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On Becoming a Sponge

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By Ann D'Arcy

Years ago my husband and I attended a motivational seminar where we were told, "If you fill your mind with positives, there will be no room for the negatives." Even though that was more than 40 years ago, I have never forgotten it. Now I apply it to my spiritual life.

Two of our children were diagnosed with ADHD. I'm sure, if it's an inherited trait, they got the ADHD gene from me. I am not only a very active person but quite easily distracted.

When I get discouraged over my inability to concentrate while saying my morning or evening prayers, I pray that God will forgive my tendency to distraction. But I have learned to continue praying, reading the Bible, or saying my Rosary, because I remember those words about filling my mind. That's not to say that I don't get discouraged and struggle mightily with it. Some days are worse than others.

I have what I refer to as my "prayer chair." It is the chair opposite the television, and I have tables on either side of it that hold my Bible, my devotionals, my rosary beads, and so forth. On the wall just to the right of the television, I have an image of Jesus, the Divine Mercy.

As with most people, I have good days and bad days. On my not-so-good days, I put my devotional or Rosary aside for a few minutes and just look at Christ as Divine Mercy. I fill myself with Him — His image and the deep meaning of those words we all know so well, "Jesus, I trust in You." Those words become my prayerful refrain. After a few moments or minutes, He comes to my aid. Or perhaps it's not Jesus coming to me; He was already there. Rather, it's that I draw myself back to Him. Morning prayer sometimes takes me two hours.

I picture myself soaking up the knowledge of Him like a sponge. And just like a sponge, when I'm under pressure and facing difficulties in life, His grace pours forth.

The other day I spilled a substantial amount of milk. I grabbed my kitchen sponge and began sopping it up. After getting the mess cleaned, I knew I had to rinse that sponge thoroughly because if there were to be a trace of milk left within, it would create an environment for germs. It would sour and smell.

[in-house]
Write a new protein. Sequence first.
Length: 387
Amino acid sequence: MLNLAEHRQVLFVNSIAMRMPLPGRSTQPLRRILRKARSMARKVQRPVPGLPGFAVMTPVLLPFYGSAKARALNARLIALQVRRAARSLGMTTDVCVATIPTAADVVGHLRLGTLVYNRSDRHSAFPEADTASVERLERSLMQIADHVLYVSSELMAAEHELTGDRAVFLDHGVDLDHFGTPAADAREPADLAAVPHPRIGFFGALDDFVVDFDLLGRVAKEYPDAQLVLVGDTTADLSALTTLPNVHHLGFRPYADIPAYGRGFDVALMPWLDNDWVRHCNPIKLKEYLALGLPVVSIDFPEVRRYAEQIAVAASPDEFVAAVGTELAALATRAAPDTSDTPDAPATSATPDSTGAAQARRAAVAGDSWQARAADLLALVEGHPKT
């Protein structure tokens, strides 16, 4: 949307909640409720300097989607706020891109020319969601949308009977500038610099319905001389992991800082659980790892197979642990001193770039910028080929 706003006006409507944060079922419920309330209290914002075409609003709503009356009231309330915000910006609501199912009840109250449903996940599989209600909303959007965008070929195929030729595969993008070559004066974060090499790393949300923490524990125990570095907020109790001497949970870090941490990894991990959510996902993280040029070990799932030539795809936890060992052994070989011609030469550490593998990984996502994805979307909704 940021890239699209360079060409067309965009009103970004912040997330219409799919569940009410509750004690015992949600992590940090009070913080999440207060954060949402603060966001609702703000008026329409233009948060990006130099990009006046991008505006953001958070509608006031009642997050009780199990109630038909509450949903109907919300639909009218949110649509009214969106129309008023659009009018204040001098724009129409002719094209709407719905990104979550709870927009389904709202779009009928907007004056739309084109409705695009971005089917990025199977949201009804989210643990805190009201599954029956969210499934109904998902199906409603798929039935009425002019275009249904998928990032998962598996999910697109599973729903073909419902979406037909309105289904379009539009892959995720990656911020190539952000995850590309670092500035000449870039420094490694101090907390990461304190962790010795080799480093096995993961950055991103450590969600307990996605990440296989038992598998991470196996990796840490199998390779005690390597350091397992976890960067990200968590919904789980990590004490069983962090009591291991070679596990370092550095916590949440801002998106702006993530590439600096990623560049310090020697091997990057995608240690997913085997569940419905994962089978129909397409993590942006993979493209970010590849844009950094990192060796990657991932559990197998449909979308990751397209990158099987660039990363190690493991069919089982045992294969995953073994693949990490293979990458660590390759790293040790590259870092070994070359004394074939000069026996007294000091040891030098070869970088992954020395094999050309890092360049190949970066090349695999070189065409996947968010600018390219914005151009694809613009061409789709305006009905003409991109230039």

I stood at the sink, rinsing, squeezing, applying some dish soap, and then squeezing and rinsing again until the sponge was fresh and clean. It took me awhile and gave me time to meditate. I began to think of all the ways I stray from God. I fall into bad behavior so easily. I submit myself to false pride, gossiping, self-indulgence, or a lack of kindness toward others. At those times it's as though I sop up something that will sour me. If left, it will only be a breeding ground for further spiritual problems. I need to return to God, ask His forgiveness, and spend time in prayer, praise, and thanksgiving.

He rinses me in His mercy and love and renews me.

Lord, make of me a sponge, full of You, Your grace and love, so that when daily pressures come or someone presses me for prayer, I pour forth abundant hope and help.

Ann D'Arcy lives in South Lyon, Michigan.

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Be a part of the discussion. Add a comment now!

Stacey P - Oct 4, 2014

Wow ! This article hit home. I too have ADHD and so does my oldest son. This has brought comfort and given me a better way to deal with my distractions. Praise God for you pouring your heart out. God Bless !

Judy K - Oct 1, 2014

Would that my problems with prayer were as simple as distractions. They can be overcome. I tend to fall asleep when I am praying the Rosary or the Liturgy of the Hours. I find this kind of upsetting. But when I remember that St. Therese of Lisieux had the same problem, I feel a bit better. But I truly hate falling asleep when I am in the midst of prayer.

Mabel - Oct 1, 2014

Thank you Ann for the lovely message. For a moment I was lost and felt like I was reading my own story. It is an opportunity to reflect on my own self and turn to Our Lord for His forgiveness and guidance.